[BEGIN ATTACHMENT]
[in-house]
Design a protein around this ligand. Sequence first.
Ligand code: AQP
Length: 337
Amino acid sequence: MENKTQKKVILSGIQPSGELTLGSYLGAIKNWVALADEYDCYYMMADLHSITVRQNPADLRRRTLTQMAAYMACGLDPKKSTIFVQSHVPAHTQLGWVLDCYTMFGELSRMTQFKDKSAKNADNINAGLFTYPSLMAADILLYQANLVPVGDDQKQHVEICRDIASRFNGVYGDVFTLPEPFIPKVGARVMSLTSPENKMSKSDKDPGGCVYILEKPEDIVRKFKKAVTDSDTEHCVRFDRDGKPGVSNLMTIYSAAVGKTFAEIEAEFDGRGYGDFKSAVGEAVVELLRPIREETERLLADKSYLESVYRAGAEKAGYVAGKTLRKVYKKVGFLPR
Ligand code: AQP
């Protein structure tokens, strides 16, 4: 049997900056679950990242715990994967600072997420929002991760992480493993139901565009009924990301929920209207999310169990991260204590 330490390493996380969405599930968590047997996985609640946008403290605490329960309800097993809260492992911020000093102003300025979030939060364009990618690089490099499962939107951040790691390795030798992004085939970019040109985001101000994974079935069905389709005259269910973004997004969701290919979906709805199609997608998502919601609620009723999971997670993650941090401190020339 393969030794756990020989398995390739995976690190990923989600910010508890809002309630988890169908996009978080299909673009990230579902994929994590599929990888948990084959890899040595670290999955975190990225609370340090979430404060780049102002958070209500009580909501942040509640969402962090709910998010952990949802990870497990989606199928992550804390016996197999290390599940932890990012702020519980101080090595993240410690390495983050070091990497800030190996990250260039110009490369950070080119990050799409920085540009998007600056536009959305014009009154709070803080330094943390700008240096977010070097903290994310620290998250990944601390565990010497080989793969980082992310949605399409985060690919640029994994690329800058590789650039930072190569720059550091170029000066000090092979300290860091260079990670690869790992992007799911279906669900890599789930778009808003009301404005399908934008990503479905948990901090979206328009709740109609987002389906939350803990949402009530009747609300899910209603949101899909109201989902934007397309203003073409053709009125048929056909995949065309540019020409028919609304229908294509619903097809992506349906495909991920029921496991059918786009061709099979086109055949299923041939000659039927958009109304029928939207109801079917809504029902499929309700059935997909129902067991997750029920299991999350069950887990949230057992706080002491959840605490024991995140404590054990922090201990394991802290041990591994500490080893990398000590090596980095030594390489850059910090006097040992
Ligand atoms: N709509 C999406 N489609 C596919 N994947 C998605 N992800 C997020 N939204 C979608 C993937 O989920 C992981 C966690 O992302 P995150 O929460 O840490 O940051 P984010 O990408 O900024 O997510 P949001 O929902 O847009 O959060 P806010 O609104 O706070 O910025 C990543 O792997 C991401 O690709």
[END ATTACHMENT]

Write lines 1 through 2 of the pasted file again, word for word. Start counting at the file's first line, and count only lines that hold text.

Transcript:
[in-house]
Design a protein around this ligand. Sequence first.